WASHINGTON (Reuters) - It was a triumphant moment a year ago for the United States and President Barack Obama, but now the anniversary of Osama bin Laden’s killing presents an election-year challenge for him and his Republican opponents.
Obama is expected to acknowledge the May 1 anniversary of the daring Navy SEAL raid on bin Laden’s Pakistan compound.
But he will not overdo it, a senior White House official said, reflecting perhaps the dangers of hyping an event that speaks for itself - and is still controversial, particularly among Pakistanis who saw the U.S. attack as a violation of their country’s sovereignty.
Republicans, specially presumptive Republican presidential nominee Mitt Romney, must decide if the occasion is an opportunity to attack Obama’s foreign policy record - or talk about something else.
National security has not been a major theme in a 2012 campaign dominated by economic worries, but that could change - at least temporarily - in the days ahead.
On Thursday, Vice President Joe Biden will use a New York speech to contrast Obama’s foreign policy record with what the president’s partisans see as Romney’s inexperienced rhetoric. Biden will inevitably recall bin Laden’s demise and other successes against al Qaeda over the last three years.
In a hastily called speech from the White House on May 1, Obama said U.S. special forces had killed bin Laden in his compound near Islamabad. The United States had not informed the Pakistani government before launching the raid, which took place before dawn local time on May 2.
The killing of bin Laden, who was behind the September 11, 2001, attacks in New York, Washington and Pennsylvania, sent Americans into the street in late-night celebrations and revived the image of a country that would find its enemies - even if it took a decade.
For Obama, “this is a moment to be presidential and not worry so much about the campaign,” said Clyde Wilcox, a professor of government at Georgetown University. “The emphasis is that America will avenge itself, and we do take action when we are attacked. Not to be gloating, but to be strong.”
A senior White House official said that in addressing the anniversary, Obama “will give credit where credit is due,” in a nod to the work done by the administration of Republican President George W. Bush to track bin Laden down, as well as the U.S. forces who carried out the mission.
For Republicans anxious to defeat Obama in November, bin Laden’s killing has made it more difficult to attack him on foreign policy, traditionally a strong suit for the party. Obama has been even more aggressive than Bush in using unmanned drones to attack suspected militants in Pakistan and elsewhere.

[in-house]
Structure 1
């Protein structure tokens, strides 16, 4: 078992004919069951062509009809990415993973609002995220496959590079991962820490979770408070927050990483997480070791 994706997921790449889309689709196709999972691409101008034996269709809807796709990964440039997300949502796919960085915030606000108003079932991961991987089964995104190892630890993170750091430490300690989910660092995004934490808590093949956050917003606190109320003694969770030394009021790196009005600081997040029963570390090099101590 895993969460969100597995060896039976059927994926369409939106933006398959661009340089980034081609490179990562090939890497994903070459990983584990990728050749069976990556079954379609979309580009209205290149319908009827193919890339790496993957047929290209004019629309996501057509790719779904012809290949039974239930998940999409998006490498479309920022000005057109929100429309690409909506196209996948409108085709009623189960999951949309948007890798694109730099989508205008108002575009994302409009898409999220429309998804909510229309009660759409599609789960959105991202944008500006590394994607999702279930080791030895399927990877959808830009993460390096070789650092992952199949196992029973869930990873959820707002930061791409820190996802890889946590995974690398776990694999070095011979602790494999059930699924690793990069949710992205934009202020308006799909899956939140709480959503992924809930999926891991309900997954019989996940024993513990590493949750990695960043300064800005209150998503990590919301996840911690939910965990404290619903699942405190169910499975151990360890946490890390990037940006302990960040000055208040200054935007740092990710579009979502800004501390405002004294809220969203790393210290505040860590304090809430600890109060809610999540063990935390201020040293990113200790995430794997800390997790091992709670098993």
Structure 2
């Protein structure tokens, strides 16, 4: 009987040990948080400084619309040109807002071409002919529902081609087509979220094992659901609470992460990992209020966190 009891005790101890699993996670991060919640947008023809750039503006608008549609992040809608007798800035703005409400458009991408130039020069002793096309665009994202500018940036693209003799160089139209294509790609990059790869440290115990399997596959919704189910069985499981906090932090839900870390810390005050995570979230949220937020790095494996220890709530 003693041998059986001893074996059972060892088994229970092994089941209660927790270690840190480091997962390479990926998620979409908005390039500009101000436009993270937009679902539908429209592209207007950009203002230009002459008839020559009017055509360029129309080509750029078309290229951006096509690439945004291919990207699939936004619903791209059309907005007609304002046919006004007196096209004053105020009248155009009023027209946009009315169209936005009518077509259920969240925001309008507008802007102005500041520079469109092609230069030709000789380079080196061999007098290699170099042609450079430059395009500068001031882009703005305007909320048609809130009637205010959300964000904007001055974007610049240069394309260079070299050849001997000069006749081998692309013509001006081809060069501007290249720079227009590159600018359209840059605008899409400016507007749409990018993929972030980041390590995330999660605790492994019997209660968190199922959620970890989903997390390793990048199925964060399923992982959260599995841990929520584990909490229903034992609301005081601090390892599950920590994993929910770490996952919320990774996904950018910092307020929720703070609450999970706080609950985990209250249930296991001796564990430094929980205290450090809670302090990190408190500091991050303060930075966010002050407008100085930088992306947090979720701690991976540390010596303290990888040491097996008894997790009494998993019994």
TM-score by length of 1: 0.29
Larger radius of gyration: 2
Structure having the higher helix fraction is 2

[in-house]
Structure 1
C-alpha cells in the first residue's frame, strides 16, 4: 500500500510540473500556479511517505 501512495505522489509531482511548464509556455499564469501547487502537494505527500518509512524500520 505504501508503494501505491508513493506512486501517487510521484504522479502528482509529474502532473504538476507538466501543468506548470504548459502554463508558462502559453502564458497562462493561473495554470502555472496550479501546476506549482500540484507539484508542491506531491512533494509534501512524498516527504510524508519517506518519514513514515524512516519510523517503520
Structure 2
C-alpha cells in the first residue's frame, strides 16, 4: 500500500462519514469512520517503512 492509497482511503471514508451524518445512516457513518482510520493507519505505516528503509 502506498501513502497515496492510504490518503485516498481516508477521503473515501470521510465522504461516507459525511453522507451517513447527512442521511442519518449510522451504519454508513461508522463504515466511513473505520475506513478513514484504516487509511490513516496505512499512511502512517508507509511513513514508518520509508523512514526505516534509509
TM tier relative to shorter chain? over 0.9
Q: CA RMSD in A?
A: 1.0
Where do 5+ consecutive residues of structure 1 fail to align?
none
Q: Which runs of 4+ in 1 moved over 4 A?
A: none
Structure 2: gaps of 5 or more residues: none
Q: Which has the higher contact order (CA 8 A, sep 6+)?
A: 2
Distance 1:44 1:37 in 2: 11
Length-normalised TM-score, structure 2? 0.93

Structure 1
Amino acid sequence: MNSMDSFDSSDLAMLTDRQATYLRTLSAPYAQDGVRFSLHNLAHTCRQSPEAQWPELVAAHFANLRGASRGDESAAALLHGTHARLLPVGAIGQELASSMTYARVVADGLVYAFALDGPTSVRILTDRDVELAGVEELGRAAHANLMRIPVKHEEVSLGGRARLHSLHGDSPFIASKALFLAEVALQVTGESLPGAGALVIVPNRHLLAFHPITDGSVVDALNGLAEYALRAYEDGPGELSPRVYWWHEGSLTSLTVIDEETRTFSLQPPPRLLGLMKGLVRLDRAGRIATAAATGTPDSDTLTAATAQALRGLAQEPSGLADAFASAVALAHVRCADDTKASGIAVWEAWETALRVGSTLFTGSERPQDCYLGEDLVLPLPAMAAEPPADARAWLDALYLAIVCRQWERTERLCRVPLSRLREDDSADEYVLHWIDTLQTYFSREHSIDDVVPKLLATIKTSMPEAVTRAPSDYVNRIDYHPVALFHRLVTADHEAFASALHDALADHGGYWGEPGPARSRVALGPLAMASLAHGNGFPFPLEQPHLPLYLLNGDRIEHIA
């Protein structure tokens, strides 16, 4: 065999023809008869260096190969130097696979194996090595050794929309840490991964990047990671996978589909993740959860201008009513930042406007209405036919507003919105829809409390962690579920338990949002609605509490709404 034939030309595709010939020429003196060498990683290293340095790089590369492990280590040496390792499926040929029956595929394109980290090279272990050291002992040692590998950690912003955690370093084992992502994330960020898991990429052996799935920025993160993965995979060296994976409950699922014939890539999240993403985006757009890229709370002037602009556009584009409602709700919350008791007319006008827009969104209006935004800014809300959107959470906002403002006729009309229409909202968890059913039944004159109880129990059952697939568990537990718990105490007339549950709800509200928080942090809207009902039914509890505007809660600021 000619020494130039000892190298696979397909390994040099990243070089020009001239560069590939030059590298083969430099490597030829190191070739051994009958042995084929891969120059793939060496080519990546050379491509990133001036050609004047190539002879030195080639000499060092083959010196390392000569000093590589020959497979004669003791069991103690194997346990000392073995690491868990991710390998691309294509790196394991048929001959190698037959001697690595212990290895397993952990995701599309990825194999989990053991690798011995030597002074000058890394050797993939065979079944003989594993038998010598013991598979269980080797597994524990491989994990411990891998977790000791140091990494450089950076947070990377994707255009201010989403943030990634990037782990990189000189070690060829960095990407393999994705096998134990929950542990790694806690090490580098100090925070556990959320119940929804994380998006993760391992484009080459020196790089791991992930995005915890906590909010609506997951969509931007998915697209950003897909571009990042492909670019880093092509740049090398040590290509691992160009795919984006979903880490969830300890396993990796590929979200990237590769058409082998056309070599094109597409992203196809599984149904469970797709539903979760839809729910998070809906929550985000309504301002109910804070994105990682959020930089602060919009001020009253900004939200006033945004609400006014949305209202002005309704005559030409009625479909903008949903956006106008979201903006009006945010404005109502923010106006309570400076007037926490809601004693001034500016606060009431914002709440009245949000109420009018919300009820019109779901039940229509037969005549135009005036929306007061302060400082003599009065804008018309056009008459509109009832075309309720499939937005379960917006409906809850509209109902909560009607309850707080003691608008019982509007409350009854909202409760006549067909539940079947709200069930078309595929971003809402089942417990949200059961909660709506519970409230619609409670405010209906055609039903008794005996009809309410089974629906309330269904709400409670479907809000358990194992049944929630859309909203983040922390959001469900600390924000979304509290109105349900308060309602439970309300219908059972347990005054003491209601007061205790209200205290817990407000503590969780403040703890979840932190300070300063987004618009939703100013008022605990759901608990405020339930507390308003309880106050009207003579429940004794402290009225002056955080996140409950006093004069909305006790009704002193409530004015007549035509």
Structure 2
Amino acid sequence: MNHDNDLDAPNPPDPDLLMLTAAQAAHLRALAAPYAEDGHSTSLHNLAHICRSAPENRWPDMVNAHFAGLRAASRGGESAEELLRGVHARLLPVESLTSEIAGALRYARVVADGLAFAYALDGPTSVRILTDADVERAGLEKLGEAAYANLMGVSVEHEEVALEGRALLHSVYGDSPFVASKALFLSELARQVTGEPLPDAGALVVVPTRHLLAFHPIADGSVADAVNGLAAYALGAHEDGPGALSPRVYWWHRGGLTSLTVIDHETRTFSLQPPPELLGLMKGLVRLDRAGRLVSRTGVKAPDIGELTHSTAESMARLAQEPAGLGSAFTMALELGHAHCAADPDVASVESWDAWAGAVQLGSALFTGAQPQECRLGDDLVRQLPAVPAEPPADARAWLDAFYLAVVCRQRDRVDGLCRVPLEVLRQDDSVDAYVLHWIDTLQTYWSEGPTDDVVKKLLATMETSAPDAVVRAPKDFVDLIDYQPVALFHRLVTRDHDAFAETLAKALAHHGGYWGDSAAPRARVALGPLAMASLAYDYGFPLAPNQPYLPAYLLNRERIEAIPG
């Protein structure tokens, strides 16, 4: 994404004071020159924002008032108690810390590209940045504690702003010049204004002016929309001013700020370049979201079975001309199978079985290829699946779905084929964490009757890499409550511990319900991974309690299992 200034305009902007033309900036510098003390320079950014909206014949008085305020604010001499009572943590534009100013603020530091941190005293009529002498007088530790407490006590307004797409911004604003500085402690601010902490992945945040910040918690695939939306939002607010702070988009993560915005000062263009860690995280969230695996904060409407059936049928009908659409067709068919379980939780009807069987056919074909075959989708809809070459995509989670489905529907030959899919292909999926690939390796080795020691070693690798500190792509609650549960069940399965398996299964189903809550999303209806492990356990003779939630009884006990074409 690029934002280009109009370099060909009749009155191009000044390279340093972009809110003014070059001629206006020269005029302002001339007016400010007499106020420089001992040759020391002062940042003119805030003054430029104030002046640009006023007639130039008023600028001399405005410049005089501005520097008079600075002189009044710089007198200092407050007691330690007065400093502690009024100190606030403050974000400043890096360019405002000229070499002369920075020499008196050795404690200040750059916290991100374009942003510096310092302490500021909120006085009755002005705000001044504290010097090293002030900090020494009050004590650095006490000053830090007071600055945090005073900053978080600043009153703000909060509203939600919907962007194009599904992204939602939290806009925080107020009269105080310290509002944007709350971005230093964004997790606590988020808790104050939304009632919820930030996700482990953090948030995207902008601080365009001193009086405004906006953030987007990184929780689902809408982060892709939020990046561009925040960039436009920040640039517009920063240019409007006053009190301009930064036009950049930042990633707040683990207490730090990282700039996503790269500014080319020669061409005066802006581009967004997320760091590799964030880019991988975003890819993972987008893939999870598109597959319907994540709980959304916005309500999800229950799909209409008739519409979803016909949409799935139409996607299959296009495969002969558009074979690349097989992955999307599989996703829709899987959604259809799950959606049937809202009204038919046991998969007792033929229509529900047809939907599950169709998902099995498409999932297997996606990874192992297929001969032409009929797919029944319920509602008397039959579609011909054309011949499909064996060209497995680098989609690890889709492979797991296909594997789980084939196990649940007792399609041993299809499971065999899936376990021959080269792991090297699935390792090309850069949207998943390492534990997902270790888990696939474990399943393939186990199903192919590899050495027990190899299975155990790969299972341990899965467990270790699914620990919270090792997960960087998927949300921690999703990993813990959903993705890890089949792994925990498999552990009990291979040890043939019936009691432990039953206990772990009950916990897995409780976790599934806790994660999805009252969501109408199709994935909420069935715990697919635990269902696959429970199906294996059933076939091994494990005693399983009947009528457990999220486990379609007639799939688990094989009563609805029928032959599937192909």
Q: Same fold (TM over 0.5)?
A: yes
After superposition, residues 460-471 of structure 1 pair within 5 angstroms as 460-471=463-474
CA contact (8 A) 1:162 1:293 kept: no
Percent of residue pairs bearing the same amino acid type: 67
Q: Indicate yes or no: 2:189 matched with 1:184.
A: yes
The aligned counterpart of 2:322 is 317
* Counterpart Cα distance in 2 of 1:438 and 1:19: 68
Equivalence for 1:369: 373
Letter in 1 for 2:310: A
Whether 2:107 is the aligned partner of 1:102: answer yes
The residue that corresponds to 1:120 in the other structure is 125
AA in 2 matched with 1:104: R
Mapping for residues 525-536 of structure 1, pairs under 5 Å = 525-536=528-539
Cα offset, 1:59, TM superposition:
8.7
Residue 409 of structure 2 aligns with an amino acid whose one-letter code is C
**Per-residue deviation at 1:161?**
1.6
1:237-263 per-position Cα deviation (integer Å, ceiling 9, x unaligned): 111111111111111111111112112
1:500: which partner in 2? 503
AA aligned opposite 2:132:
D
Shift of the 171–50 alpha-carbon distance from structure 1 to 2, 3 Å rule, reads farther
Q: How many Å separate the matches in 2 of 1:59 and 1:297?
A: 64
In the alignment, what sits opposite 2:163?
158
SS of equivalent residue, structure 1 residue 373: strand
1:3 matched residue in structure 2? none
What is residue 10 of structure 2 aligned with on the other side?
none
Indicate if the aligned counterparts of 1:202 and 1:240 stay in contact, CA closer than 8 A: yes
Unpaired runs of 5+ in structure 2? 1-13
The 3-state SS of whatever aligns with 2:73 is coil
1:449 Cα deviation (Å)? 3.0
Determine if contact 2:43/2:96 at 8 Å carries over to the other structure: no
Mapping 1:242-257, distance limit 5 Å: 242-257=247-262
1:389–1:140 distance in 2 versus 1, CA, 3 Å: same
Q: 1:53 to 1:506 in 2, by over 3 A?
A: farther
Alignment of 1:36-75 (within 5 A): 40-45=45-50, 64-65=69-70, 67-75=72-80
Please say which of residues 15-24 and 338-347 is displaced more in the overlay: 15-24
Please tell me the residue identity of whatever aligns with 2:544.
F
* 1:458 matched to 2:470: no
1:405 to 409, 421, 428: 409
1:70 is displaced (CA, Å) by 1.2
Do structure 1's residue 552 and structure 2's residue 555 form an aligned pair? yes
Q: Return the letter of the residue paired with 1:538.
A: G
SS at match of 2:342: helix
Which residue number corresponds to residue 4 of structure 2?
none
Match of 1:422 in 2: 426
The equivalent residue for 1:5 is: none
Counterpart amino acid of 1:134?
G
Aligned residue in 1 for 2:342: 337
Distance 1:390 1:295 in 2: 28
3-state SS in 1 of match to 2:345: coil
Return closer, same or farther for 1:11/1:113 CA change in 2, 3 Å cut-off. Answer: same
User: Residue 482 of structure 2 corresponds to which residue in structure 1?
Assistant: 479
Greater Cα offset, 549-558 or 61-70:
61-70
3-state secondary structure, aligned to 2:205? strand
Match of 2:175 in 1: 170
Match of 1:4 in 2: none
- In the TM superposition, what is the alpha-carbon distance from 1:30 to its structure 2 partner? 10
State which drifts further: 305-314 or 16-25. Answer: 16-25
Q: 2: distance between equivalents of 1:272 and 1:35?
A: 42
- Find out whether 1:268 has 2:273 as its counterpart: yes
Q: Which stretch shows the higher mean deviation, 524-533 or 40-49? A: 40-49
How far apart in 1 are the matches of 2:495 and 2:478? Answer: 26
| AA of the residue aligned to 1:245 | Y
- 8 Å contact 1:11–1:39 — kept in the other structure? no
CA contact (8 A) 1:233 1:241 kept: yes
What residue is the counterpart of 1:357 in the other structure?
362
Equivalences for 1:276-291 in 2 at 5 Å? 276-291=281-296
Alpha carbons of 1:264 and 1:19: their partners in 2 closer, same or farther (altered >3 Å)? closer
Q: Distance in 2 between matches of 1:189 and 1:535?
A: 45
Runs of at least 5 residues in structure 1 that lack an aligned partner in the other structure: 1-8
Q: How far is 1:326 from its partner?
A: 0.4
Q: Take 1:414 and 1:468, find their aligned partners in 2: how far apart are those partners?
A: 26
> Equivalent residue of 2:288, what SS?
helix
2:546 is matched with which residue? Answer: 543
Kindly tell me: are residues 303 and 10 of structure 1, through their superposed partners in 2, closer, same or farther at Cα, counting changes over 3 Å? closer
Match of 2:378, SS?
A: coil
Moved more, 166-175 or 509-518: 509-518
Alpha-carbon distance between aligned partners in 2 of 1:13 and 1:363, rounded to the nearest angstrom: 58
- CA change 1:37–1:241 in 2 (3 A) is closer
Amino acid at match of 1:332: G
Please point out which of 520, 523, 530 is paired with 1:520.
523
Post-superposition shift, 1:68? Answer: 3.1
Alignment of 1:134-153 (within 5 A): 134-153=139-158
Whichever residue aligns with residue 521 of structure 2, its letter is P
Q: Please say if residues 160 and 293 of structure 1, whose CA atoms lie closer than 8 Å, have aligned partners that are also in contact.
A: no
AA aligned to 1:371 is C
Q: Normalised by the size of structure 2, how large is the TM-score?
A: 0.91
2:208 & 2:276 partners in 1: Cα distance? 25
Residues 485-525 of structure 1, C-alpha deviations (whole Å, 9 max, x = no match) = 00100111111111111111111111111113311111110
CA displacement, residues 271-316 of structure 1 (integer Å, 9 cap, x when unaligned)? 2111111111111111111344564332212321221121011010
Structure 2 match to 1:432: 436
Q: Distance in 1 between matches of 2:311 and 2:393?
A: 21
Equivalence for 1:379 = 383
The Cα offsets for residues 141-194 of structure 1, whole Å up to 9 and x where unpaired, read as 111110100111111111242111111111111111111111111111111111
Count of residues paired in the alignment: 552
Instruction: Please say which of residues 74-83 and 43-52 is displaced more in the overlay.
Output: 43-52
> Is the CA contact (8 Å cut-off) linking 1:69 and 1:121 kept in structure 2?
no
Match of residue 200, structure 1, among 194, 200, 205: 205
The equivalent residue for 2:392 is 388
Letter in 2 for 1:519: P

Republican strategists say they have no intention of conceding the wider field of foreign policy to Obama, and they view him as vulnerable on a number of issues.
Romney has accused Obama of mishandling the stand-off with Iran over its nuclear program, trade issues with China, and the attempted reset of relations with Russia, where Vladimir Putin has been re-elected as president this year.
“Republicans still think foreign policy is really fertile ground to make the case against Obama,” said Michael Goldfarb, a former aide to Republican 2008 presidential nominee John McCain.
“I would not be surprised if they use killing of bin Laden and the anniversary to give credit where it is due ... but also use it as an opportunity to talk about all the places where there is still so much unfinished businesses, and where the president’s promises have fallen short,” Goldfarb said.
Romney spokeswoman Andrea Saul said she had no information to release about the candidate’s schedule for May 1.
Bin Laden’s killing in a compound just a few hours drive from Islamabad was a severe embarrassment to Pakistan, worsening relations with Washington and fanning anti-American sentiment in the country.
Analysts acknowledged the anniversary had an unavoidable resonance on the U.S. campaign trail, but cautioned that glorifying bin Laden’s killing may not serve American interests in Arab and Islamic countries.
“It’s a difficult minefield given Pakistani sensitivities and continued questions about al Qaeda’s Pakistani support network,” said Bruce Riedel, a former CIA analyst who has advised Obama on counter-terrorism issues.
Editing by Warren Strobel and Mohammad Zargham